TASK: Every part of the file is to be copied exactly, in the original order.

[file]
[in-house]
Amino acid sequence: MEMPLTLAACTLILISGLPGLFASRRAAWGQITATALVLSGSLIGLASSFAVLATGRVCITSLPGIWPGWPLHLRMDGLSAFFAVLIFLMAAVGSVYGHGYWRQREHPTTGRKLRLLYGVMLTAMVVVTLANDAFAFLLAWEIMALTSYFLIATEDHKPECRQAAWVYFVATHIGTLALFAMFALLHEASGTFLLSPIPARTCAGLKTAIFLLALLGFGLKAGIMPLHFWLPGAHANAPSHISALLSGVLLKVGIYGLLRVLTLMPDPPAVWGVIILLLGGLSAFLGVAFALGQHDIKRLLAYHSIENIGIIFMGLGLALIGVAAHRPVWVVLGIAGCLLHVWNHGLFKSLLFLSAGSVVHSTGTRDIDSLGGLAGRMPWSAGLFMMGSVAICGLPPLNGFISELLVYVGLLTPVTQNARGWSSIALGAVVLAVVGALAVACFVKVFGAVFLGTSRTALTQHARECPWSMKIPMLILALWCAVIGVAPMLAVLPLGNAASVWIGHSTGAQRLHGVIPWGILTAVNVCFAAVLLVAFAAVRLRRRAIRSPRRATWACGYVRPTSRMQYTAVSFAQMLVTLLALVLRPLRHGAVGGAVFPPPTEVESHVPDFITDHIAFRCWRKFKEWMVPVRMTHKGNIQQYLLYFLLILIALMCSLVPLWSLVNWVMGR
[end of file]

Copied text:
[in-house]
Amino acid sequence: MEMPLTLAACTLILISGLPGLFASRRAAWGQITATALVLSGSLIGLASSFAVLATGRVCITSLPGIWPGWPLHLRMDGLSAFFAVLIFLMAAVGSVYGHGYWRQREHPTTGRKLRLLYGVMLTAMVVVTLANDAFAFLLAWEIMALTSYFLIATEDHKPECRQAAWVYFVATHIGTLALFAMFALLHEASGTFLLSPIPARTCAGLKTAIFLLALLGFGLKAGIMPLHFWLPGAHANAPSHISALLSGVLLKVGIYGLLRVLTLMPDPPAVWGVIILLLGGLSAFLGVAFALGQHDIKRLLAYHSIENIGIIFMGLGLALIGVAAHRPVWVVLGIAGCLLHVWNHGLFKSLLFLSAGSVVHSTGTRDIDSLGGLAGRMPWSAGLFMMGSVAICGLPPLNGFISELLVYVGLLTPVTQNARGWSSIALGAVVLAVVGALAVACFVKVFGAVFLGTSRTALTQHARECPWSMKIPMLILALWCAVIGVAPMLAVLPLGNAASVWIGHSTGAQRLHGVIPWGILTAVNVCFAAVLLVAFAAVRLRRRAIRSPRRATWACGYVRPTSRMQYTAVSFAQMLVTLLALVLRPLRHGAVGGAVFPPPTEVESHVPDFITDHIAFRCWRKFKEWMVPVRMTHKGNIQQYLLYFLLILIALMCSLVPLWSLVNWVMGR